Saturday, September 12, 2009

Is this true?

At the conference in Seattle, Carl Hasler suggested reading the book The Dumbest Generation, which I recently obtained through inter-library loan and skimmed.

One thing that caught my eye, though, was a comment on student use of the internet as a research tool. The researches conducting the test provided students with web sites, and apparently the students were supposed to identify which of the endings of web sites would provide you with better or more accurate resources. The correct answer was supposed to be .edus or .govs.

My "skept-o-meter" rang and I scoffed to myself. "Says who?" was my reaction.

But then I got to thinking. Should I really trust .edus and .govs more than .coms? Maybe at some level, I do give them higher credibility. I would still verify the information, however, and not trust them utterly, or completely. And I can't say that I personally would rate them higher than a .com address, because I would check and need to verify those, too.

What do you think? Are .edus and .gov web sites more trustworthy than .coms?


  1. Like you, I wouldn't place my trust in any dot-something. My method for research is to do a lot of looking around for opposing views and then sift through the "info" to get to the "truth". This, of course, is more time-consuming than the "cut-and-paste" tactics of students in a rush.

  2. that should read "COPY-and-paste"

  3. Heck, no!

    Always, always, ALWAYS-- "trust, but verify."

  4. Maolsheachlann, Ireland9/13/2009 11:37 AM

    I think maybe your skept-o-meter is overenthusiastic! I would say that I would trust a .gov or .edu site as far as INFORMATION is concerned, but once it passes over to the realm of ideology, I would cease to pay any attention. I've never come across a case of egregious government or educational propaganda on websites (maybe others have). I work in a university environment, and I'm well aware how the academy has become a propanda mill for the secularist, modernist worldview, but its ideology is rarely presented as concrete fact, either online or elsewhere.

    I don't think the internet generation is the "dumbest generation". I think the internet is really teaching people to follow up the sources of claims in a way that was really impossible with print culture. Not that I'm saying the internet is "better" than print. We all love a musty, well-thumbed book, the tactile and visual and even olfactory experience. But I think GK Chesterton was prescient in seeing that print and even writing was merely a phase; there's nothing sacred about them. Chesterton was always slaying idolatries, whether bardolatry or art-for-art's sake or racialism!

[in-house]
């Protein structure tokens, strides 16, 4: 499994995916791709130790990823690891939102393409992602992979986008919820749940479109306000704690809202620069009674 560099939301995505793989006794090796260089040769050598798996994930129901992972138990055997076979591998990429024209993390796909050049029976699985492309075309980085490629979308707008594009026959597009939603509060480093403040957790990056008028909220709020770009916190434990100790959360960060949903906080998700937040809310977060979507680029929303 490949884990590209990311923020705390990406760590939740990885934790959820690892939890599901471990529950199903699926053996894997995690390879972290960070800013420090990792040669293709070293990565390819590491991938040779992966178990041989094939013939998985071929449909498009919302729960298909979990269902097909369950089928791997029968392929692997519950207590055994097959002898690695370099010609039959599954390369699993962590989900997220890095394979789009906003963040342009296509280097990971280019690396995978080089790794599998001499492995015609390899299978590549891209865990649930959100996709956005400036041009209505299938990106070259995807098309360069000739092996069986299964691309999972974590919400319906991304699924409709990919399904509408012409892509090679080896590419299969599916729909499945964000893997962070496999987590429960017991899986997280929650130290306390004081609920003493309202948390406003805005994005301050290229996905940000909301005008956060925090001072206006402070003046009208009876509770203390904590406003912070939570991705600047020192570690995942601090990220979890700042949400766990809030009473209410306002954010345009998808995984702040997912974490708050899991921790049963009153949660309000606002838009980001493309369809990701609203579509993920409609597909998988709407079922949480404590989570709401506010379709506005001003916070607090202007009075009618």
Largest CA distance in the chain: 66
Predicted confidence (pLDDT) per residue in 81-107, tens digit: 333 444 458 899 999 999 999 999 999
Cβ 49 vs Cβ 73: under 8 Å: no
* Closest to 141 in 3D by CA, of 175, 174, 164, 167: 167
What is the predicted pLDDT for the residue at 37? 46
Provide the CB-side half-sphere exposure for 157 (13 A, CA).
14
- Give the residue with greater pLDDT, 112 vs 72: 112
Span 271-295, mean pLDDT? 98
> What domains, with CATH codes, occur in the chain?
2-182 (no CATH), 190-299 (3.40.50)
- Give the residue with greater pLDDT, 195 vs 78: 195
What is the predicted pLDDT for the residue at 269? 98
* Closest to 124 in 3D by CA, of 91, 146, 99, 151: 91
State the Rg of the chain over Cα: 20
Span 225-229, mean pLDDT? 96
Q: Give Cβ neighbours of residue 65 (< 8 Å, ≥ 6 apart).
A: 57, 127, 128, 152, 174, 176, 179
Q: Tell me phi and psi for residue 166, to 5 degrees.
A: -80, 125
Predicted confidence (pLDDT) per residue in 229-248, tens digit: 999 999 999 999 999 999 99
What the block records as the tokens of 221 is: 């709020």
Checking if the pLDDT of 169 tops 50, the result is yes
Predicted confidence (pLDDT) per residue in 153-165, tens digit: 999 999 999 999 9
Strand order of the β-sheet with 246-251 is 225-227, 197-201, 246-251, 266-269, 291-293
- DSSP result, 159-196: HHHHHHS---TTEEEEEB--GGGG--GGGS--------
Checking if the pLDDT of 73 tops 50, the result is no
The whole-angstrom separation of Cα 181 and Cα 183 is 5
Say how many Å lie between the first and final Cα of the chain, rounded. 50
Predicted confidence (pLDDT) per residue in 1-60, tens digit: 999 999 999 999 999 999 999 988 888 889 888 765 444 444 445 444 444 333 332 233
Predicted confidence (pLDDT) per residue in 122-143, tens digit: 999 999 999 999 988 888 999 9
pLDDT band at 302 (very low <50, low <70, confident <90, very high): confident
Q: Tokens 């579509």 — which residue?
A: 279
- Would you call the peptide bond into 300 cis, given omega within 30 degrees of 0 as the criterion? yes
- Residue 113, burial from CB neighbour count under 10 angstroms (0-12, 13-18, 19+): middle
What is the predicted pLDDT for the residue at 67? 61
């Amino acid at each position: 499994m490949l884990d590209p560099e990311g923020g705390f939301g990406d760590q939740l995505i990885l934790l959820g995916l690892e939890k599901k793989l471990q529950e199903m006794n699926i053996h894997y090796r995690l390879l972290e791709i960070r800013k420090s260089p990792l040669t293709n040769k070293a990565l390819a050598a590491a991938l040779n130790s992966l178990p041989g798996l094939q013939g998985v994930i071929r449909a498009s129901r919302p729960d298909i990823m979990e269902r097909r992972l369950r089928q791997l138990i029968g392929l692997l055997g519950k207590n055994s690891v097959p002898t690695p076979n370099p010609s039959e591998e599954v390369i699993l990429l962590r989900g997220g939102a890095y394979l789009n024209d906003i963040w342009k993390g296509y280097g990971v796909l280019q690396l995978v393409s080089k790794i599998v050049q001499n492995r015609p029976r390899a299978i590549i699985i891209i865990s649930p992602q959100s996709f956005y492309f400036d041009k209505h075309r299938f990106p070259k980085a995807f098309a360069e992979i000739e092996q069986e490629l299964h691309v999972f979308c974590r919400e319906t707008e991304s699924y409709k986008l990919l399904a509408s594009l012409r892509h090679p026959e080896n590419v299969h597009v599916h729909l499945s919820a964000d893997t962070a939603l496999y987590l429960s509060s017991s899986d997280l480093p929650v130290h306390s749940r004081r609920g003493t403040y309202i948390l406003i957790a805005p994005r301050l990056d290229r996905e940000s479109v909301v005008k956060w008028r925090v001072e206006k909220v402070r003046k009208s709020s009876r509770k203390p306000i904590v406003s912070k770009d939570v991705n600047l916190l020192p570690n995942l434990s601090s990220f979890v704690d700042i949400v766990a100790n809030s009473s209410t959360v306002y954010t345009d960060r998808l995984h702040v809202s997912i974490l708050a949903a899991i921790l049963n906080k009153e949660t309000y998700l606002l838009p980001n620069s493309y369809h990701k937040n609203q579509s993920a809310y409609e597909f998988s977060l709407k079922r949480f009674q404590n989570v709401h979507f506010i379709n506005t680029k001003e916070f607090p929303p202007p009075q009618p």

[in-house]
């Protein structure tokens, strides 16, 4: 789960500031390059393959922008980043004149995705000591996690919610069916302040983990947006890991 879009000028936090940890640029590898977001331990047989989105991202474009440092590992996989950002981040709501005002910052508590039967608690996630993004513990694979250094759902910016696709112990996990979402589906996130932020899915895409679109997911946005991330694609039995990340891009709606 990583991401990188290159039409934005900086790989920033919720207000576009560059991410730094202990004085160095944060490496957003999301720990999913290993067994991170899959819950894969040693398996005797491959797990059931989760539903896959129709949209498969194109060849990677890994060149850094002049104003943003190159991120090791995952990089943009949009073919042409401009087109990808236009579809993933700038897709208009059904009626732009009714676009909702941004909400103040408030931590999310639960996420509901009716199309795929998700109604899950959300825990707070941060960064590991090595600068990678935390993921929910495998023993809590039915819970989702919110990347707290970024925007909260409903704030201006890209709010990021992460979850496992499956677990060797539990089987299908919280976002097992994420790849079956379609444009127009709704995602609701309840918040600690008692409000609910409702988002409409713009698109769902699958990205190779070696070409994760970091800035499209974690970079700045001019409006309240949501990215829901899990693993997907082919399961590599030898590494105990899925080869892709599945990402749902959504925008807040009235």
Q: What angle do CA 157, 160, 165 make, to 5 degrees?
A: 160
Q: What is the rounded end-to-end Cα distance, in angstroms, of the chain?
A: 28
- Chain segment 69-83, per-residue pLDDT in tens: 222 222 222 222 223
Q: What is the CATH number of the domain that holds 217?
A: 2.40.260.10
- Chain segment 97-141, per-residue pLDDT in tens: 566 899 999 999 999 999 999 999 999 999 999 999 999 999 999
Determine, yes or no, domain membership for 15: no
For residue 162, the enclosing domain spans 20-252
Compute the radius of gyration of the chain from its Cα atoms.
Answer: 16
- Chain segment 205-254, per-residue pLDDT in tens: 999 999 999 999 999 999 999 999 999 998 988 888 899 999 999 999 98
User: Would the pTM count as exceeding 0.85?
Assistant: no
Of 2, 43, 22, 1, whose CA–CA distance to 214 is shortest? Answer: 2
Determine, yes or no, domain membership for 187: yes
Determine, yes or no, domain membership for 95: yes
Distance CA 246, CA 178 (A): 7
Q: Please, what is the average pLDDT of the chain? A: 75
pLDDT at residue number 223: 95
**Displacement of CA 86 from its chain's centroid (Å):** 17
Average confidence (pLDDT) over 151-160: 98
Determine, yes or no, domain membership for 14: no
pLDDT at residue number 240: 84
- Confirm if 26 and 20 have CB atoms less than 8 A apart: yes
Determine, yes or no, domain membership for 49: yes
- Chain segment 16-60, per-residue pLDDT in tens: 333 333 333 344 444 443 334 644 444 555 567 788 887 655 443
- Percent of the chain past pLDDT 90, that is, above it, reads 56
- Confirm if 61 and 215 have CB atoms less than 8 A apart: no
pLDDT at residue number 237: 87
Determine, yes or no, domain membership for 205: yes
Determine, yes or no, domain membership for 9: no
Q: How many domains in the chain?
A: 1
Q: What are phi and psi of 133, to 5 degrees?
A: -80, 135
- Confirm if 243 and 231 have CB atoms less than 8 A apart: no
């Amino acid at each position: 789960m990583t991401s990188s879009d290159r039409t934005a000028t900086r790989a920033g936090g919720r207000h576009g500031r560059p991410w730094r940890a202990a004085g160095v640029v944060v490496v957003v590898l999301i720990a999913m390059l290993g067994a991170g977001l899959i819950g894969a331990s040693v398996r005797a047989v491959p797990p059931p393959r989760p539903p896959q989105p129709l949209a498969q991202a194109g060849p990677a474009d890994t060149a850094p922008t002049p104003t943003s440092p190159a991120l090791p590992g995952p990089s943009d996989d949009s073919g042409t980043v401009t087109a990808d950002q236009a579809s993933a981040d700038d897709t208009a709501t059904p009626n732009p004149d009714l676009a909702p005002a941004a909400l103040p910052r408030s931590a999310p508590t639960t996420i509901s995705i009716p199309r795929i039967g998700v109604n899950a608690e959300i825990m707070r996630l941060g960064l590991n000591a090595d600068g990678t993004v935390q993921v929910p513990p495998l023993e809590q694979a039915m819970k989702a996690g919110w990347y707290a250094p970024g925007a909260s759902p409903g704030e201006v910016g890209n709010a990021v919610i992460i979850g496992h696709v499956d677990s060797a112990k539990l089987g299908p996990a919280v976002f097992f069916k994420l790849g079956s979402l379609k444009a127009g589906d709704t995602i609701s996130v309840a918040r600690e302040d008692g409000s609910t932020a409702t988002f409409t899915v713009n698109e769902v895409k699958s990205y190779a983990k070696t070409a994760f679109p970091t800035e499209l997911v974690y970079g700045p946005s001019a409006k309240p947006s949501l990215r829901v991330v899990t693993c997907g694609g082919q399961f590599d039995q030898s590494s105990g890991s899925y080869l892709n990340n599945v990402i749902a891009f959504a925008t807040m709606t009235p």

Which strays considerably from your point...sorry!

  5. It's not so much that it's a deliberate attempt to be wrong, it's that the "better or more accurate" information is usually found on .com resources that have first-hand knowledge of the topic-- the information from those is then used to make .edu and .gov sites, which by necessity are not going to be as high of quality of information as the folks who make their livings by it.

    Some .edu and .gov will have trusted the wrong information sources, as well-- and not having fist-hand knowledge, won't be able to tell they've goofed. (For example, a family friend found a source that claimed cows have one stomach, and made a nice .edu web page with information from that site; he simply didn't know enough to know he was wrong.)

    All that said, while SOME .coms will be the utter best source for information, there's also some that are of far lower quality than the .edu and .gov; so, trust but verify. ^.^

  6. I think the statement really does hold if one considers all of the real resources the internet has to offer, and not just casual research. I mean, the majority of legitimate resource libraries are going to be listed under .gov domains associated with a particular city, or they will be listed under the university or college to which they are attached, .edu. But in this case, the information isn't really coming FROM that domain, just being hosted on it (such as peer-reviewed journals that have online records or full text articles). As far as the "facts" contained on the different types of websites, I think it would be hard to say what's more reliable. We would hope the .govs have useful and trustworthy information. Outside of secondary hosted knowledge, I haven't come across many .edus offering information of their own really, apart from advertisement for their institution. The useful info they do have is, once again, hosted material from other sources, and these are good.

    I think .com is too broad and general to critique as such, but I would be able to say in general that the "Wiki" knowledge-base is generally less trustworthy and I would certainly take other resources over this.


Join our FaceBook fan page today!